Raf'un - This is termed by orientalists as the Nominative case. But for students of Western grammar this is misleading and it is much wiser to see this as the Rafu 'un case. Its signs are four: Damma, Wow, AJifand Nun (see text).

Nasbun - This is called the Accusative by orientalistsand again is misleading. Nasbun is the most difficult of the noun cases although the verb mood that is called Nasbun also is rather straightforward. Its signs are five: Fatha, Alif, Kasra; fa and omission of the final nun (see text).

Jarrun (Khafdun) - This is the easiest of the three cases and is particular to nouns.

There are only three possible ways a noun can be Majrur. object of a preposition, Idafa (see below) and conjuncted to a noun which is Majrur.

There are many types of ism the primary ones being:

f I

Ism - any noun that indicates a person, place, thing or concept

Ism dhahir - a noun which is not a pronoun.

Ism al-fa 'il - the subject of a verb

Ism na 'ib al-fa 'i! - the passive subject of a sentence

Ism maf'ul - the object of a verb

Ism munsarif - a fully declined word

. "

, I

Ism ghair munsarif - parially declined word

Ism mawsul - a relative pronoun; a relative pronoun refers to people and things i.e. who, which, that, whose, what etc.

Ism ishara - demonstrative pronoun that points to a noun i.e. this, that, those, these etc.

Mudaf - the first part of a construct phrase usually indicating possession

1

- ...._, ...

....................... --------

I {i~~fff:/:::i:~~v_:_: --' -r

,

.'

Mudaf i/ayhi - the second part of the construct phrase

Mufrad - singular

I

.,,1

~

Muthanna - dual

Mudhakkar - masculine

Mu'annath - feminine

Damir bariz - a pronoun that is articulated

Damir mustatir - a pronoun that is "hidden" or implied. This is necessary in four instances:

Damir gha 'ib - a pronoun of absence such as huwa

Damir hadir - a pronoun of presence which has two types l) Mutakallim - the speaker such as ana

2) Mukhattab - the one spoken to such as anta

Jam 'un - plural; it has two types salim or sound and taksir or broken. The sound retains the singular form and simply adds a suffix to indicate plurality. The broken "breaks" the original structure of the word.

Maf'ul fihi - an accusative noun denoting time or place i.e, laylan, sabahan. An adverb of time or place in English.

I

.,

Maf'ul mutlaq - an absolute object of a verb, not a true object it is used for emphasis.

Maf'u! m 'ahu - an accusative noun following a waw conveying a sense of "along" or "with"

M'atuf - a wordjoined to a preceding one by a conjuction and taking the same case as the preceding word.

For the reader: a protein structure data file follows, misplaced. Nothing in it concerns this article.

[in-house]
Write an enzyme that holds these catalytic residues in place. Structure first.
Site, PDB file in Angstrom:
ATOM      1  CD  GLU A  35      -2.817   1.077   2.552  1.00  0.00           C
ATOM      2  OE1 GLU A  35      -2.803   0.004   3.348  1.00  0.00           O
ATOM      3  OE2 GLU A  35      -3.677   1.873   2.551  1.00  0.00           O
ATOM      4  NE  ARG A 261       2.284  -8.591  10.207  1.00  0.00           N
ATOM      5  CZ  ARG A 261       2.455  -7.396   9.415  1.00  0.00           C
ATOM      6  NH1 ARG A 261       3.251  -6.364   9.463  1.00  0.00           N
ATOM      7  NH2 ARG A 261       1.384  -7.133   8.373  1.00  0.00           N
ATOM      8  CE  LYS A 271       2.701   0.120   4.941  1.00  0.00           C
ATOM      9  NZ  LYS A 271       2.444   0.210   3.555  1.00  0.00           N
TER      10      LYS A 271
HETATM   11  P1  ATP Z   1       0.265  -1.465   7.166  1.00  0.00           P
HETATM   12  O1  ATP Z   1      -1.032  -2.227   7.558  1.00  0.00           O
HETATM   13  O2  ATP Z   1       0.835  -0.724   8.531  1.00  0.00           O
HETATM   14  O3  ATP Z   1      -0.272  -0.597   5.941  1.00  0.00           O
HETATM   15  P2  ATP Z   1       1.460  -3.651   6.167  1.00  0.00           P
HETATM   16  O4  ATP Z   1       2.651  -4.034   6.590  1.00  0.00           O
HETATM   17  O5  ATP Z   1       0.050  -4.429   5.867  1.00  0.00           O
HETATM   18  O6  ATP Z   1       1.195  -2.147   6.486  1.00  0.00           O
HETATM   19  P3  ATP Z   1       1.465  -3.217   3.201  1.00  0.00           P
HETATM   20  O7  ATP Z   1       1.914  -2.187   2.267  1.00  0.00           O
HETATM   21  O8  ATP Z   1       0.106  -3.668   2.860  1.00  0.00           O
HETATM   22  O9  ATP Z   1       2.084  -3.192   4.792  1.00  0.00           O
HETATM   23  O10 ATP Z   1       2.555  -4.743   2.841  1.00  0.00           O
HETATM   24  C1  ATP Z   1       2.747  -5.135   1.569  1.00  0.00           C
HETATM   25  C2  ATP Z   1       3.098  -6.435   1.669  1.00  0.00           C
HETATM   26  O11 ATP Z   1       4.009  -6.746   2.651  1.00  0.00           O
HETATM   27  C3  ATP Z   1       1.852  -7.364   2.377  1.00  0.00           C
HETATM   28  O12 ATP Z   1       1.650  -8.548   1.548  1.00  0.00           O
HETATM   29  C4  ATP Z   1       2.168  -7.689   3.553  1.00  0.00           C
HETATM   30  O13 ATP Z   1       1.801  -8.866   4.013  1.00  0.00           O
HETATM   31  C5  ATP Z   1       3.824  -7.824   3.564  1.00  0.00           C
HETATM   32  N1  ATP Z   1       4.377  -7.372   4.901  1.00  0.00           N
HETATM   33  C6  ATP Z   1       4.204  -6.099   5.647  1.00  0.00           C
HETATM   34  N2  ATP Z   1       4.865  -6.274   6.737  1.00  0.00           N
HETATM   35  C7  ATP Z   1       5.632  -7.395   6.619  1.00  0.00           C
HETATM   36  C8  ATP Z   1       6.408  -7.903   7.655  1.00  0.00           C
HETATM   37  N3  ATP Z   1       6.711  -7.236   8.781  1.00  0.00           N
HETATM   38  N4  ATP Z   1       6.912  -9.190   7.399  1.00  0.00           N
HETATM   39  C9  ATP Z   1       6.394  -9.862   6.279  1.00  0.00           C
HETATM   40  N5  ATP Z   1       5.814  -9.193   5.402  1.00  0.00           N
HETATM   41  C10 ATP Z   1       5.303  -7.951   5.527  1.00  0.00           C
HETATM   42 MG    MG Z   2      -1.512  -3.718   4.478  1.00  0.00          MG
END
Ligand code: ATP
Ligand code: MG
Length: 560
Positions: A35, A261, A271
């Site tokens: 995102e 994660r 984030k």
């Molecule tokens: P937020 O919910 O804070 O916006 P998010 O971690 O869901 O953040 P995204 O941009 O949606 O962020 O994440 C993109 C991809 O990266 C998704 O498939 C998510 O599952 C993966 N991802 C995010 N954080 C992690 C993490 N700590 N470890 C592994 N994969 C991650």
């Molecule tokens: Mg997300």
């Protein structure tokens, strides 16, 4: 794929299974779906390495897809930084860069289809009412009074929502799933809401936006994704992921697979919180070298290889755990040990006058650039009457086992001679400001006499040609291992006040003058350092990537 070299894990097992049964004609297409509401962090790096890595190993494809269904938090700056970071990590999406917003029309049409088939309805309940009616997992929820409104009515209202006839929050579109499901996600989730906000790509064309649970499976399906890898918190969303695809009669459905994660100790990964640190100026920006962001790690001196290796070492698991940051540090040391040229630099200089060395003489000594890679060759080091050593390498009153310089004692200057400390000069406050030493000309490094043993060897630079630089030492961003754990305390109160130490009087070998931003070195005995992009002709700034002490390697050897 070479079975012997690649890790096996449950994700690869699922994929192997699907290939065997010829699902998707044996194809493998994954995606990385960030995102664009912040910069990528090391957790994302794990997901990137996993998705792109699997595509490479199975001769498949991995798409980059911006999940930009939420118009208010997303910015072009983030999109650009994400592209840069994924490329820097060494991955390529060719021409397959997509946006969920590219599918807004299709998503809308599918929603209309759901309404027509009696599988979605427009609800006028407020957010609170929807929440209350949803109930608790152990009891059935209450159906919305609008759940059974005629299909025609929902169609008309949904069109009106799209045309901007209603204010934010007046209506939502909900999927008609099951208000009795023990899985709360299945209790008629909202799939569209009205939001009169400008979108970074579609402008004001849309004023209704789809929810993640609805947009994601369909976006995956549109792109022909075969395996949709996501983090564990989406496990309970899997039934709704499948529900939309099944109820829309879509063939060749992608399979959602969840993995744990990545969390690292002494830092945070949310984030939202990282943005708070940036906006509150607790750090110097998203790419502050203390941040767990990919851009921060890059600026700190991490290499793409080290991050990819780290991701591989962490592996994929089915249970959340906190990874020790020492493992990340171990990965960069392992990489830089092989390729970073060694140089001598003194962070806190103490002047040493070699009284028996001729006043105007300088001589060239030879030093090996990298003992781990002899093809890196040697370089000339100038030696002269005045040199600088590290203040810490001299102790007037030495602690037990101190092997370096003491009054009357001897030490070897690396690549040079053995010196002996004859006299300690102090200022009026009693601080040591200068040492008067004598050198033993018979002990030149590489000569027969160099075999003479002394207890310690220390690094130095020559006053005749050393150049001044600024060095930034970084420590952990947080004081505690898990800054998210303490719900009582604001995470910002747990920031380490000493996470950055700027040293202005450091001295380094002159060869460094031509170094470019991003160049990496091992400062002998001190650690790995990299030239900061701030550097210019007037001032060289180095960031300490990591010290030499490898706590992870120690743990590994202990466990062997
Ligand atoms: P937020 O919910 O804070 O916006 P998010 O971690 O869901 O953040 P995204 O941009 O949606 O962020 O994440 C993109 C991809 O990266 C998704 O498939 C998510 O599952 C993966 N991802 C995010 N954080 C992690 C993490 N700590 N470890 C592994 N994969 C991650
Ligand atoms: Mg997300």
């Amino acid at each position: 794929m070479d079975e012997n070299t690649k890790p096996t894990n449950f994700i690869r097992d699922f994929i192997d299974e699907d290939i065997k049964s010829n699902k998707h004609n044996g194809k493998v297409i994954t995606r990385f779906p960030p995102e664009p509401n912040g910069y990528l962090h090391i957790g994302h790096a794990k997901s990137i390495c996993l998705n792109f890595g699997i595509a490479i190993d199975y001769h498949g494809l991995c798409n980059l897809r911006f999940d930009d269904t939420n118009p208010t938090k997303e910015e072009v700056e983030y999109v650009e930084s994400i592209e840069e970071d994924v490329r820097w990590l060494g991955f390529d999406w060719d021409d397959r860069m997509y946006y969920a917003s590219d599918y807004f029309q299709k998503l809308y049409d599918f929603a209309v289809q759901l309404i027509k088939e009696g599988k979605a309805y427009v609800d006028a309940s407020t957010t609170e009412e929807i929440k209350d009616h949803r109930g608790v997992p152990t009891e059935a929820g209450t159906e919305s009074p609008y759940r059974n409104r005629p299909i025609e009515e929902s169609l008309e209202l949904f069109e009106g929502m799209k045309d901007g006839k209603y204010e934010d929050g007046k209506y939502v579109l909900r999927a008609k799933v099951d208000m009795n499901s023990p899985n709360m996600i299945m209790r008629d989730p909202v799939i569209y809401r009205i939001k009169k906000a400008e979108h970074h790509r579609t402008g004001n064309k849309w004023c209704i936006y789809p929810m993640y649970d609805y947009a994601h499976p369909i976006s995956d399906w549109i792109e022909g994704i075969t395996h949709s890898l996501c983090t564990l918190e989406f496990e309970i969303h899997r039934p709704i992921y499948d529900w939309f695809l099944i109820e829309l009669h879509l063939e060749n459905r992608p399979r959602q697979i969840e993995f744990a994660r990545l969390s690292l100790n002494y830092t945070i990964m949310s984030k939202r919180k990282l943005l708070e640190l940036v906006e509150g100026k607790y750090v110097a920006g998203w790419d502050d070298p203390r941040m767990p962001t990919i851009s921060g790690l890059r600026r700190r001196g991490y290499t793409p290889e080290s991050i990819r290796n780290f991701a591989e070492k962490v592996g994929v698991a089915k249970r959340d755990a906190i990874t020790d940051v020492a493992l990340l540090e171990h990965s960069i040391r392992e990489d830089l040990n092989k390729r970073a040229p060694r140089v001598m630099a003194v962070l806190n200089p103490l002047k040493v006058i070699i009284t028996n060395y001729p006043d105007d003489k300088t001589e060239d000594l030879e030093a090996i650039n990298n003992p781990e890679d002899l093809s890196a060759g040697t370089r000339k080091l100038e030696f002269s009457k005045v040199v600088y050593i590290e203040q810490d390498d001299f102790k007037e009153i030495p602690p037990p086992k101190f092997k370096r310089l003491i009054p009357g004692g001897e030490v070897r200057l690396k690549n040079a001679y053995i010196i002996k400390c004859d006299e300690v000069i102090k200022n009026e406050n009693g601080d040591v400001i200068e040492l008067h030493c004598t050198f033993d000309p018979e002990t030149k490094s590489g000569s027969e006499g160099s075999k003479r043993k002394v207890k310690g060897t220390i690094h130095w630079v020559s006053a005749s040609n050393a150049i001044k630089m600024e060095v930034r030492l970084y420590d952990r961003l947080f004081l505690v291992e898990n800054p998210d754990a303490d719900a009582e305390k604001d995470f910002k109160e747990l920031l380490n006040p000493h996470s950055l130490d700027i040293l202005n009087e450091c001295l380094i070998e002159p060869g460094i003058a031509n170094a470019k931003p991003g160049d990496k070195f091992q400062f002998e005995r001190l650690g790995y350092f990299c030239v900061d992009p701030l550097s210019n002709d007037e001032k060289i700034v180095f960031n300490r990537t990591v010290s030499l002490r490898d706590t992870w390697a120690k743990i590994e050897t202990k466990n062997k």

Mubtada 'a - a noun that opens a sentence

Mustathna - a noun, often accusative, excepted by the particles of exception (see text).

Mustathna minhu - that of which there is an exception.

Hal - the state or condition of a noun, always in the accusative. Considered an adverb in

English. .

Tamyiz - an accusative noun that removes some vagueness in a preceding noun or statement,

Sifa or N' at - an adjective.

Badl - permutative which is a word that the speaker uses to denote what he means by a preceding word. There are four types: complete, partial, inclusive and corrective (see text).

Tabi'i - a word that follows another with one often conjuctions between them and thus has the same case as the previous word.

Munada - the vocative.

Mamdud - a noun ending in a long vowel alif followed by a hamza,

2

-

'A 'id - a noun. mentioned or assumed to which a pronouns refers; an antecedent.

Maqsur - a noun ending in a long vowel alii.

Masdar - infinitive or verbal noun

Articles or Definition and Indefiniteness (alatu at-t'arifand tankir},

AI is used as the article of definition for both masculine and feminine words.

Proper names sometimes omit the article but retain the signification.

T anween - This is the act of articulating a nun at the end of an indefinite lsmun or a proper name that has tanween. It is written with a doubling of the Fatha; Kasra or Damma i.e.

M'arifa - a definite noun

Nakira - an indefinite noun

Verbs (ACaal)

Moods

A mood is a verb form to indicate the manner in which the action or state expressed by a verb is viewed concerning functions such as factuality, possiblity or command. The indicative (raf'a) declares a fact or asks a question; the subjuncitive (nasb) generally used to express a wish. desire, condition or something contrary to fact. occurs only in subordinate clauses in Arabic; the jussive (jaztn) is connected with the imperative both in form and signification. - implies an order with the exception of using lam and lamma which have the form of the jussive (jazm) but not the signification; the energetic mood uses a lam letter and nun of taw kid to add emphasis, finally the imperative (amr) which expressed command.